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They Came in Ships: An Anthology of Indo-Guyanese Prose and Poetry

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From 1838 until 1917, Indians arrived to work as indentured labourers in Guyana. The majority never returned to India and today over 50% of the Guyanese population is of Indian origin. This anthology of prose and poetry shows how the Indians changed the character of Guyana and the Caribbean and how, over 150 years of settlement, Indians became Indo-Guyanese. Ranging from t From 1838 until 1917, Indians arrived to work as indentured labourers in Guyana. The majority never returned to India and today over 50% of the Guyanese population is of Indian origin. This anthology of prose and poetry shows how the Indians changed the character of Guyana and the Caribbean and how, over 150 years of settlement, Indians became Indo-Guyanese. Ranging from the earliest attempts at cultural self-definition in the 19th century (and early narrative images of the Indian presence in non-Indian writing), to the creative writing of the 1990s, this anthology provides a fascinating insight into the transformation of an ancient culture in the New World. Extracts from novels, short stories, essays and poems explore the experience of plantation life, of relationships with other ethnic groups, issues of gender within Indo-Guyanese culture and the adjustments in cultural practices which separation from India and involvement with the new environment required. Brief introductory essays by Jeremy Poynting set historical contexts, and there is an invaluable bibliography of Indo-Guyanese writing. This is the only anthology of its kind.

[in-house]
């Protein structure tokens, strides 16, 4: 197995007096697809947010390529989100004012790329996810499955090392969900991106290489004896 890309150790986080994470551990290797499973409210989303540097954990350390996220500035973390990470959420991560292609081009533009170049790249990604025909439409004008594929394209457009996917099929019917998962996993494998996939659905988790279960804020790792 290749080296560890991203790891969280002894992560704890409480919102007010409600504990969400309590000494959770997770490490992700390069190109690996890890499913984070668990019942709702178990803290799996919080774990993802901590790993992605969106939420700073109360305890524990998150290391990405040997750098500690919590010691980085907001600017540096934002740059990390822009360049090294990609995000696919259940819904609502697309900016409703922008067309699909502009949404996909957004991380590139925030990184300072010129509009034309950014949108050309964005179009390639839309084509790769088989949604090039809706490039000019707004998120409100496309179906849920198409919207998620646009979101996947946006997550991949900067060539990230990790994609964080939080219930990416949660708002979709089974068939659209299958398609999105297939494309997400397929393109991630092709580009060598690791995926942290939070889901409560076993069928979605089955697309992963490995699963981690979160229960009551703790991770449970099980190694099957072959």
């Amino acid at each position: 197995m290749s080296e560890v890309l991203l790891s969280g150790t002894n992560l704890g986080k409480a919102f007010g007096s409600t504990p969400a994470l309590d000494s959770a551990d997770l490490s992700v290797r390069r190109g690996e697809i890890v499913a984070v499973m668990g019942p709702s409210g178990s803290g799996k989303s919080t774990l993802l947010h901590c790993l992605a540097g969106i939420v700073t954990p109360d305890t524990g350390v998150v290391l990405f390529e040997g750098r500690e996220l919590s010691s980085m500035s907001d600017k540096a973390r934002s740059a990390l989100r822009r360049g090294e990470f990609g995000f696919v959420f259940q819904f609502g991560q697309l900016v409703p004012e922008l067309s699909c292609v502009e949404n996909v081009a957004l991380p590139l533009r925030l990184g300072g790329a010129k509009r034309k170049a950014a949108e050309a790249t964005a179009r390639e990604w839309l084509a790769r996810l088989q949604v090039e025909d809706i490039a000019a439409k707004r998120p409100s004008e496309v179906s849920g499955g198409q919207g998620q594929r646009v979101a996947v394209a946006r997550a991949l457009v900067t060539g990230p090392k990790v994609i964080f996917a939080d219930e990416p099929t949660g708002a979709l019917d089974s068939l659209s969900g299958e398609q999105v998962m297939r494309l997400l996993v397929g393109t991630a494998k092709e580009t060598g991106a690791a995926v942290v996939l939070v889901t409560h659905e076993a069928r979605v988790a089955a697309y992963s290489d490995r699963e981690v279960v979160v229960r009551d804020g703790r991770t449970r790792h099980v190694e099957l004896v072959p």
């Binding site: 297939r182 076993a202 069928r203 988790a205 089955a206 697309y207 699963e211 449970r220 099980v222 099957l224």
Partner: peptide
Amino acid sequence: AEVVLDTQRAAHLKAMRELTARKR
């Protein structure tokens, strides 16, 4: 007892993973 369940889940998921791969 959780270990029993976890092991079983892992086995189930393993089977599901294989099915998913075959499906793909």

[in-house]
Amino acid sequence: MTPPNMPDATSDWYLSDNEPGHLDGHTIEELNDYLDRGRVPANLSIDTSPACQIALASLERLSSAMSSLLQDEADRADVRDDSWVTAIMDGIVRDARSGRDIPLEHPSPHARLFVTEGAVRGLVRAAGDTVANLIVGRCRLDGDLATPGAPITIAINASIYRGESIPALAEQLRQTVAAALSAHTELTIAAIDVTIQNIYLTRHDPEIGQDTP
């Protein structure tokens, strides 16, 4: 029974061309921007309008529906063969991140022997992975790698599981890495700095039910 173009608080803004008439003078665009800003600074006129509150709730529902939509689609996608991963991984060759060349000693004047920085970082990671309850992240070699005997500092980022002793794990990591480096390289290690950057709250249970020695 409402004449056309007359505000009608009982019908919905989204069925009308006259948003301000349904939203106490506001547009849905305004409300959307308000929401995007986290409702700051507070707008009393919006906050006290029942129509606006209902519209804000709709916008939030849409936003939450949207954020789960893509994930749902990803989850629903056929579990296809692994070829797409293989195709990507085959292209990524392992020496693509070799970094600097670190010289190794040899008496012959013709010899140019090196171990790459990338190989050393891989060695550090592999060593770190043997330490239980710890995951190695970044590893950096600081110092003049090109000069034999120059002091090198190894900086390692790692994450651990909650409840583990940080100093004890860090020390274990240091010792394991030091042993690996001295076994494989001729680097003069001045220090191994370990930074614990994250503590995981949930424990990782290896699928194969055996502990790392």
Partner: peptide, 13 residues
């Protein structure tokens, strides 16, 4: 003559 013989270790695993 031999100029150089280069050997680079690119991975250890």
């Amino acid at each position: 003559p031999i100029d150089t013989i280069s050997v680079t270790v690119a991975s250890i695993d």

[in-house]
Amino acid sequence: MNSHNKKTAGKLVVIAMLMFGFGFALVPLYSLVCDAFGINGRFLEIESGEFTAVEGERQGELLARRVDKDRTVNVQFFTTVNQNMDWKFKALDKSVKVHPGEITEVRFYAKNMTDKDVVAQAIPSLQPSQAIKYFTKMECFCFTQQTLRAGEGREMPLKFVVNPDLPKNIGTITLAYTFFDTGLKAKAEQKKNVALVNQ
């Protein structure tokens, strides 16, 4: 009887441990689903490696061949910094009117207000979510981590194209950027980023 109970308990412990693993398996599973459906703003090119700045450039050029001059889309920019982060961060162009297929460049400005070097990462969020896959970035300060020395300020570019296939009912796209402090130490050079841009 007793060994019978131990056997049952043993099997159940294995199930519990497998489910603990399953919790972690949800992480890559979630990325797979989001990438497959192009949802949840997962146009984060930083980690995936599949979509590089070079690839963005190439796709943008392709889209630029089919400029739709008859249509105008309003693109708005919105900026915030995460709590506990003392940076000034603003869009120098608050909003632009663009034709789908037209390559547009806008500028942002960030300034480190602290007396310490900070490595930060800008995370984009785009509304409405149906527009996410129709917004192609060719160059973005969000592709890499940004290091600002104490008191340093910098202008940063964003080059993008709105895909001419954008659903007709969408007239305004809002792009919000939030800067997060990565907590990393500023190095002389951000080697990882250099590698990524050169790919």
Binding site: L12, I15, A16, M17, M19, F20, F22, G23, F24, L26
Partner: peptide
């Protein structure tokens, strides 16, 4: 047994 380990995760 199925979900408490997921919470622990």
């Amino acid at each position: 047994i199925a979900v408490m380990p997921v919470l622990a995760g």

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From 1838 until 1917, Indians arrived to work as indentured labourers in Guyana. The majority never returned to India and today over 50% of the Guyanese population is of Indian origin. This anthology of prose and poetry shows how the Indians changed the character of Guyana and the Caribbean and how, over 150 years of settlement, Indians became Indo-Guyanese. Ranging from t From 1838 until 1917, Indians arrived to work as indentured labourers in Guyana. The majority never returned to India and today over 50% of the Guyanese population is of Indian origin. This anthology of prose and poetry shows how the Indians changed the character of Guyana and the Caribbean and how, over 150 years of settlement, Indians became Indo-Guyanese. Ranging from the earliest attempts at cultural self-definition in the 19th century (and early narrative images of the Indian presence in non-Indian writing), to the creative writing of the 1990s, this anthology provides a fascinating insight into the transformation of an ancient culture in the New World. Extracts from novels, short stories, essays and poems explore the experience of plantation life, of relationships with other ethnic groups, issues of gender within Indo-Guyanese culture and the adjustments in cultural practices which separation from India and involvement with the new environment required. Brief introductory essays by Jeremy Poynting set historical contexts, and there is an invaluable bibliography of Indo-Guyanese writing. This is the only anthology of its kind.

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